I’ve called it a hiring ‘frenzy’. I’ve even resorted to the cliché ‘war for talent’ when describing the fierceness of the competition for skilled blockchain and crypto professionals. And that’s because the reality of what’s taking place in this incredibly hot market sector when it comes to sourcing good quality people who are in much rarer supply than demand feels very combative right now.
And, as with any similar situation, the smoothness of the operational process, the quality of the people in the field, and the rigor and discipline of execution will be the differentiators that lead to victory.
OK, I might have gotten a little carried away there with the analogy, but here’s what’s going on, globally, in the world of blockchain recruiting:
For every Web 3.0 professional who has a few years’ experience as an engineer, product manager, community manager, developer relations or ecosystem manager; or CMO, CTO, COO, CFO, legal counsel and related with blockchain / crypto experience – there are, at a minimum, two or three hot job prospects available right now.
These professionals are getting calls from headhunters on the regular, with the promise of great new career opportunities in a sector that has gained substance, credibility and a sexiness quotient not seen since the heyday of financial markets pre-global financial crisis.
And those who are open to looking at new jobs are likely interviewing for several at the same time, weighing up multiple offers simultaneously. Despite this, positioning your company or project as one that can attract and secure the candidates you want is a lot less complex than you may think. Here’s how:
- Value proposition
Formulate a well-defined value proposition that has been articulated in writing, and that you and anyone else in the interviewing process can share with candidates. This is your pitch. You likely have one for investors, so ensure that you’ve got one to attract future employees. Remember to include information about your investors, and your team, as these factors can differentiate your company or project significantly.
- Get your JD in good shape
Take the time to formulate a top quality job description. Granted, no one ever said ‘isn’t it going to be fun to write a JD?’, but doing this well is a foundational part of winning in this talent war. Get clear about what you’re looking for, what the non-negotiable skills are for the role, and which ones are not much more than ‘nice to have’ – this is critical, and is worth the time. Equally importantly, ensure that all of the key stakeholders in the hiring process are on the same page; there’s nothing worse than someone on the leadership team vetoing a candidate at the 11th hour.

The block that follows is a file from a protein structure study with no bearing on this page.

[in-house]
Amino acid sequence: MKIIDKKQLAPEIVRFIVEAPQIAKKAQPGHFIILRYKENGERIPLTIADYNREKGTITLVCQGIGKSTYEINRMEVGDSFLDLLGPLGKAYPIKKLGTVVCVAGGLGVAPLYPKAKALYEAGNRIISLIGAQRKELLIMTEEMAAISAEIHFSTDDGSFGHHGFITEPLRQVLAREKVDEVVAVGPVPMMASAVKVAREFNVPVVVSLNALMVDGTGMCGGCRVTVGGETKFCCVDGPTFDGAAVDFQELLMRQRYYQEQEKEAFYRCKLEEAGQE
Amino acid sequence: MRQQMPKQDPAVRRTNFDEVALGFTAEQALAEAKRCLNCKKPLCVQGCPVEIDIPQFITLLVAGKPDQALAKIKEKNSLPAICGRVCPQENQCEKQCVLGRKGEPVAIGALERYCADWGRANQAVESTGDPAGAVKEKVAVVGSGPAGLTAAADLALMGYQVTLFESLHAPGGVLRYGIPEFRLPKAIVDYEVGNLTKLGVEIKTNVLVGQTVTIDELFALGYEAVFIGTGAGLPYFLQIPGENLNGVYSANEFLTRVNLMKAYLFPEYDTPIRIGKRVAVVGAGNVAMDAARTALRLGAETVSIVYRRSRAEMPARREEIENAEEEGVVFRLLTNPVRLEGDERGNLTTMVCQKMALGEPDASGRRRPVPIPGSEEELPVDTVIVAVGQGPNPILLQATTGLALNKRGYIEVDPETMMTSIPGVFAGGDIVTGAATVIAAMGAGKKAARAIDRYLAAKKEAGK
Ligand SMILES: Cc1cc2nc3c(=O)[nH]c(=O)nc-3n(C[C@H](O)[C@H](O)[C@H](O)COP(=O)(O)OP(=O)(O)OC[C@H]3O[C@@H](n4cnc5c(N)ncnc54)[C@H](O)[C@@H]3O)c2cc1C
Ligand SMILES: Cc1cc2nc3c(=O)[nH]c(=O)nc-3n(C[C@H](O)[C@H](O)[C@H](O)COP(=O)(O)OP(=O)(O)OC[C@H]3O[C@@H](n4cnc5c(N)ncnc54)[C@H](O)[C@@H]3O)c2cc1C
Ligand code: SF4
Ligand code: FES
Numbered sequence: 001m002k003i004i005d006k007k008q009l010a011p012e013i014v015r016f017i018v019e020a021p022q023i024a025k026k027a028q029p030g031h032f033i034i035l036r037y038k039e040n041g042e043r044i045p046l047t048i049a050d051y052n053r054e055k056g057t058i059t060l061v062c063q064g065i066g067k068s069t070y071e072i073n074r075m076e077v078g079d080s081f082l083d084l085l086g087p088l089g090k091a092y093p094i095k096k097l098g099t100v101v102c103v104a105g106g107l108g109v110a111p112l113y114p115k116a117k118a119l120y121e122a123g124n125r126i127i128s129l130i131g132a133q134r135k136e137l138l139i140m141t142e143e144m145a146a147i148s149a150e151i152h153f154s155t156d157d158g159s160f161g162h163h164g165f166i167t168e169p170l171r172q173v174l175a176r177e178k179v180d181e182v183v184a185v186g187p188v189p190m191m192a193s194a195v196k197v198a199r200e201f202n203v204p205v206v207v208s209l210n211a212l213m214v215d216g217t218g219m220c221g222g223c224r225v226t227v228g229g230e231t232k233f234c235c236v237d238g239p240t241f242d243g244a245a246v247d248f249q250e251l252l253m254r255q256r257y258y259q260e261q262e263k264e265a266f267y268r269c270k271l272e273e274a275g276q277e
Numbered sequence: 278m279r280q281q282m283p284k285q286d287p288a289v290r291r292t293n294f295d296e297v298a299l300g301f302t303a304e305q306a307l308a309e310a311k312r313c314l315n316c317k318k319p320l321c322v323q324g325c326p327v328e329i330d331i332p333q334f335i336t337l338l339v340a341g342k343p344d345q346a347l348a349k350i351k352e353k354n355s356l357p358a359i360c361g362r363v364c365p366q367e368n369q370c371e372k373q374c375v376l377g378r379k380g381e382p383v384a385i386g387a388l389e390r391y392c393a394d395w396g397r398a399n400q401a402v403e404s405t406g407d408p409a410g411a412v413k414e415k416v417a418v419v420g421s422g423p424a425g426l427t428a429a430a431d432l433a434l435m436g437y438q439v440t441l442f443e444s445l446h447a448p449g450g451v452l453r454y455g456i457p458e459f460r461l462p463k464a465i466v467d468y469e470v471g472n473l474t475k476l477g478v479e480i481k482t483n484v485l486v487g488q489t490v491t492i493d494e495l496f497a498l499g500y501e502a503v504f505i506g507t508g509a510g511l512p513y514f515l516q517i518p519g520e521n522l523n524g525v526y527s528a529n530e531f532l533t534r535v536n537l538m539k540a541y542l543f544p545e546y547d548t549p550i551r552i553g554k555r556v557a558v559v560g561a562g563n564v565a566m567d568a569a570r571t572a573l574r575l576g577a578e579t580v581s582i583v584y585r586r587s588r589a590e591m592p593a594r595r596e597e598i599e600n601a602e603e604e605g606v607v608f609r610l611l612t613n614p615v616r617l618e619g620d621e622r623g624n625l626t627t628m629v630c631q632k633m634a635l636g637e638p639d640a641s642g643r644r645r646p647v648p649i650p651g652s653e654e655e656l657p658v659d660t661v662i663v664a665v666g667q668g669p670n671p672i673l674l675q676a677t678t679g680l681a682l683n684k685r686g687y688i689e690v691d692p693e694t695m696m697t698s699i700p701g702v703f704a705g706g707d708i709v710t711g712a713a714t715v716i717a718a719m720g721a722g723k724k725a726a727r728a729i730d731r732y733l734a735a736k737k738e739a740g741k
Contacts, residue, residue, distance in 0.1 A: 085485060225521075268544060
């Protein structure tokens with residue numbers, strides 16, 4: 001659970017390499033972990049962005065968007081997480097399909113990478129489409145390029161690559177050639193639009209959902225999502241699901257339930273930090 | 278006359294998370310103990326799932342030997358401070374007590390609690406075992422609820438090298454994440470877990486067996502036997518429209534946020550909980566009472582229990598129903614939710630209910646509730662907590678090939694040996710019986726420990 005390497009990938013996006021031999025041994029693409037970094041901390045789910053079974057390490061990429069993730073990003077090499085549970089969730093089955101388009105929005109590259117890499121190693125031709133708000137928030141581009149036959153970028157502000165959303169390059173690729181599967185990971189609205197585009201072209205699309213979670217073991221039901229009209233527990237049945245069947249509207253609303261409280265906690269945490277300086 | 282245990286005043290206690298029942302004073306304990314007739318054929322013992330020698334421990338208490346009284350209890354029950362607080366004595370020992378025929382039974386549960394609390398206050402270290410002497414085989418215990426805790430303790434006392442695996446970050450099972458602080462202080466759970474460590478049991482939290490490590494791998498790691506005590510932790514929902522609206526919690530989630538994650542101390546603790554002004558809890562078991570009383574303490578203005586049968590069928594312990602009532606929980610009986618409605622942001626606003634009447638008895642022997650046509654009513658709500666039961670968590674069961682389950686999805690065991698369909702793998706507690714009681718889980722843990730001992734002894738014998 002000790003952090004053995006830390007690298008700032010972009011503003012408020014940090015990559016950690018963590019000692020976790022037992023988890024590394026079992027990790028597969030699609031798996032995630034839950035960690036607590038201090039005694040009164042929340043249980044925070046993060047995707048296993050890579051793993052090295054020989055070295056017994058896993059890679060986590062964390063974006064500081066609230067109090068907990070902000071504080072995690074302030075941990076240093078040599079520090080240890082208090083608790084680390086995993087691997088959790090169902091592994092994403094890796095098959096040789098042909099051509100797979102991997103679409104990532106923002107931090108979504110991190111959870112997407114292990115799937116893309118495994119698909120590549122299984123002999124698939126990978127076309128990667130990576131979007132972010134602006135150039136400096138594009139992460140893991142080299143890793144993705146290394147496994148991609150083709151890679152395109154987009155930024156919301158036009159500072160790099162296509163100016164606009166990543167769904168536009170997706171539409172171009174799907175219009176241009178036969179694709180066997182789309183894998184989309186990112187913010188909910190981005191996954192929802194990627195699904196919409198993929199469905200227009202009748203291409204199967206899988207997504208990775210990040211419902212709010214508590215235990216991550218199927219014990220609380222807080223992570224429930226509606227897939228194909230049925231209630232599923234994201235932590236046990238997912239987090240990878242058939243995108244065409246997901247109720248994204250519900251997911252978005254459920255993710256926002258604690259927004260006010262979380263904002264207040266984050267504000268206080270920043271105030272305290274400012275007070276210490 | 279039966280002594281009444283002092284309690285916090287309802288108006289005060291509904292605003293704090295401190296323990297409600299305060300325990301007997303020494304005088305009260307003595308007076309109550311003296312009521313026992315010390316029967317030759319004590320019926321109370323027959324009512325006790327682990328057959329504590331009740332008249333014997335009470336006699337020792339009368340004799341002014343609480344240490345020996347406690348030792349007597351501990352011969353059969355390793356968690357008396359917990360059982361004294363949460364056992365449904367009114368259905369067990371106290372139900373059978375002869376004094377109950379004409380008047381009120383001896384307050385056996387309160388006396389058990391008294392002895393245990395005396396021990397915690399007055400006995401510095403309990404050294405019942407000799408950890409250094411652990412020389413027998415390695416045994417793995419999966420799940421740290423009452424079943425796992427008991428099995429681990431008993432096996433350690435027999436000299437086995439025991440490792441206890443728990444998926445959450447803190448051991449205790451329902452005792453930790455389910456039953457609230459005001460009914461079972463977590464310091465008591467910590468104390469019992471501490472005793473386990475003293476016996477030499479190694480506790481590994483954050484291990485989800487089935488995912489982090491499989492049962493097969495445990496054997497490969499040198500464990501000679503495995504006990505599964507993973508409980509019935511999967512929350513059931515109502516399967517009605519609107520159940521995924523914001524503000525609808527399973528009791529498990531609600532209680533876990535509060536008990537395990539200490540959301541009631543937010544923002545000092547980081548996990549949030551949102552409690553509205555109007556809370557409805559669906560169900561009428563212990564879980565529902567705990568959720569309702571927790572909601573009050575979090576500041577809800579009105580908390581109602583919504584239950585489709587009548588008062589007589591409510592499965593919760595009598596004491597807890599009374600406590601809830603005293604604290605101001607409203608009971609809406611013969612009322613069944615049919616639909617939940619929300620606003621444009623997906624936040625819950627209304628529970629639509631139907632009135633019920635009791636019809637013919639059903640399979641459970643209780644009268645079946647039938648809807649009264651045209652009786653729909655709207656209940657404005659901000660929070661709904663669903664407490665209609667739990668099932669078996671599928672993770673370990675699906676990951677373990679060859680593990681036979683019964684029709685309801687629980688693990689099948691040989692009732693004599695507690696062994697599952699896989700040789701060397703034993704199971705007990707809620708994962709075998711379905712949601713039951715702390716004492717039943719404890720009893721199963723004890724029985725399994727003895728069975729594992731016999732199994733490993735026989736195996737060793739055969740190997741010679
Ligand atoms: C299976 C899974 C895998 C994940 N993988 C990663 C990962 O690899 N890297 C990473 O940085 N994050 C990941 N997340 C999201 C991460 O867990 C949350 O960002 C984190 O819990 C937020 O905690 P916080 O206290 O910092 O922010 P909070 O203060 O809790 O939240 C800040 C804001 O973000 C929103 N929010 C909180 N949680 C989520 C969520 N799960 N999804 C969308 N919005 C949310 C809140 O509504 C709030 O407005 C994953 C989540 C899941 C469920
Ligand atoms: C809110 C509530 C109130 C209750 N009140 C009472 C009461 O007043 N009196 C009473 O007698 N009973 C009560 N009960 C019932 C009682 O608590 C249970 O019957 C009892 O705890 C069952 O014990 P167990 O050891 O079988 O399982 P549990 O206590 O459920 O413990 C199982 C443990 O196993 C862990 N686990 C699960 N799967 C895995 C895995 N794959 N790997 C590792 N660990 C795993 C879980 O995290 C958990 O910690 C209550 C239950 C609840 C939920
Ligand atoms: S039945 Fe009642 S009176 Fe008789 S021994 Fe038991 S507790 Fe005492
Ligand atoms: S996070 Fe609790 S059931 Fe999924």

- Hiring process
This needs to be super streamlined! You’re going to need to find the balance between interviewing with rigor, and doing this speedily. I’m not a fan of shoddy short-cutting on interviewing at all, but you just won’t have the ‘luxury’ of being able to bring candidates back for more than two or three interviews. So, ensure you have interview times pre-planned in the diary, double up on key stakeholders attending the interviews, know what your ‘culture fit’ questions are that help you determine fit, and do your prep by previewing candidates’ code (where relevant) so that you can assess technical competence without delay.
- Partner with the right recruiter
There are some very experienced recruiters in the sector who can help you gain access to the talent you want much more quickly than if you try to go this alone. Nevertheless, make sure that the recruiter has the experience and network to source candidates for the specific role/s you’re looking to fill, in the relevant territory and time zones. Be specific about your needs here, including language preferences. Talent in the space is global and remote first, in many cases. Despite this, having a VP based in the Bay Area (for example) managing a team who are mostly based nine or ten hours away is going to prove logistically challenging, so direct your recruiters accordingly so that time is not wasted in the process.
- Be prepared and ready to make an immediate offer when you identify a high quality candidate
In an ideal world it would be great to interview several candidates over a few weeks in order to compare and evaluate but, by the time you’ve done this, your favorite candidate who you may have interviewed early on in the process is probably no longer going to be available – due to another company moving fast and making an offer quickly. To address this, get clear on the key criteria for the role, and when a candidate meets these, move ahead with an offer. The offer process itself should also be thought through ahead of time so that you’re not tripped up with HR admin, which can unnecessarily delay securing the candidate.
Get these five variables right, and I guarantee you’ll see a radical shift in your hiring outcomes – much more winning!